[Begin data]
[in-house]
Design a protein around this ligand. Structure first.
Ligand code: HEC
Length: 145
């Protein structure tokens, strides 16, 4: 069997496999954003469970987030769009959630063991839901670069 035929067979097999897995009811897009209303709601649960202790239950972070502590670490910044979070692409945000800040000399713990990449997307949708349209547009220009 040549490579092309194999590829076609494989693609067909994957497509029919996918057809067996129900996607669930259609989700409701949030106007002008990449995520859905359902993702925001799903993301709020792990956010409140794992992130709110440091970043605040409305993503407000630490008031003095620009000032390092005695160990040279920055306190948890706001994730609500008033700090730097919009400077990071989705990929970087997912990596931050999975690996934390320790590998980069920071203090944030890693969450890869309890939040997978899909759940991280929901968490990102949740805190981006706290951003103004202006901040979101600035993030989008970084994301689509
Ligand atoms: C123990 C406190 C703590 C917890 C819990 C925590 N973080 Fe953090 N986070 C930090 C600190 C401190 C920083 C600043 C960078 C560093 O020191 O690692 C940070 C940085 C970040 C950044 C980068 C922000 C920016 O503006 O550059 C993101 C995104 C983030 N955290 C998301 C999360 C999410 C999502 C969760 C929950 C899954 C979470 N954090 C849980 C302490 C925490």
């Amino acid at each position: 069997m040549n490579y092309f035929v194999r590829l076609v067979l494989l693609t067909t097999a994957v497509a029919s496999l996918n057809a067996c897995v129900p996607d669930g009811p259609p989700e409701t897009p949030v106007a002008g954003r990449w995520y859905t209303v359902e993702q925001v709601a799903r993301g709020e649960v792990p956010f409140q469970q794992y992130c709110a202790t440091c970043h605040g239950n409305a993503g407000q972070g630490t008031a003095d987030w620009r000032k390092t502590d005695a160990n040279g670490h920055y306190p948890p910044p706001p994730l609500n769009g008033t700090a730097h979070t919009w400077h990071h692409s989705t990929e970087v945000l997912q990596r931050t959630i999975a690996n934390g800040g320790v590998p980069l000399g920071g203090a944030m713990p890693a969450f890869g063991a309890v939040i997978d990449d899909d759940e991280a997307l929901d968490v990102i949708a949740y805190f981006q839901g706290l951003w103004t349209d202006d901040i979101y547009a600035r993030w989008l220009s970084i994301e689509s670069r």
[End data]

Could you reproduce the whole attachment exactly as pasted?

[in-house]
Design a protein around this ligand. Structure first.
Ligand code: HEC
Length: 145
């Protein structure tokens, strides 16, 4: 069997496999954003469970987030769009959630063991839901670069 035929067979097999897995009811897009209303709601649960202790239950972070502590670490910044979070692409945000800040000399713990990449997307949708349209547009220009 040549490579092309194999590829076609494989693609067909994957497509029919996918057809067996129900996607669930259609989700409701949030106007002008990449995520859905359902993702925001799903993301709020792990956010409140794992992130709110440091970043605040409305993503407000630490008031003095620009000032390092005695160990040279920055306190948890706001994730609500008033700090730097919009400077990071989705990929970087997912990596931050999975690996934390320790590998980069920071203090944030890693969450890869309890939040997978899909759940991280929901968490990102949740805190981006706290951003103004202006901040979101600035993030989008970084994301689509
Ligand atoms: C123990 C406190 C703590 C917890 C819990 C925590 N973080 Fe953090 N986070 C930090 C600190 C401190 C920083 C600043 C960078 C560093 O020191 O690692 C940070 C940085 C970040 C950044 C980068 C922000 C920016 O503006 O550059 C993101 C995104 C983030 N955290 C998301 C999360 C999410 C999502 C969760 C929950 C899954 C979470 N954090 C849980 C302490 C925490």
């Amino acid at each position: 069997m040549n490579y092309f035929v194999r590829l076609v067979l494989l693609t067909t097999a994957v497509a029919s496999l996918n057809a067996c897995v129900p996607d669930g009811p259609p989700e409701t897009p949030v106007a002008g954003r990449w995520y859905t209303v359902e993702q925001v709601a799903r993301g709020e649960v792990p956010f409140q469970q794992y992130c709110a202790t440091c970043h605040g239950n409305a993503g407000q972070g630490t008031a003095d987030w620009r000032k390092t502590d005695a160990n040279g670490h920055y306190p948890p910044p706001p994730l609500n769009g008033t700090a730097h979070t919009w400077h990071h692409s989705t990929e970087v945000l997912q990596r931050t959630i999975a690996n934390g800040g320790v590998p980069l000399g920071g203090a944030m713990p890693a969450f890869g063991a309890v939040i997978d990449d899909d759940e991280a997307l929901d968490v990102i949708a949740y805190f981006q839901g706290l951003w103004t349209d202006d901040i979101y547009a600035r993030w989008l220009s970084i994301e689509s670069r």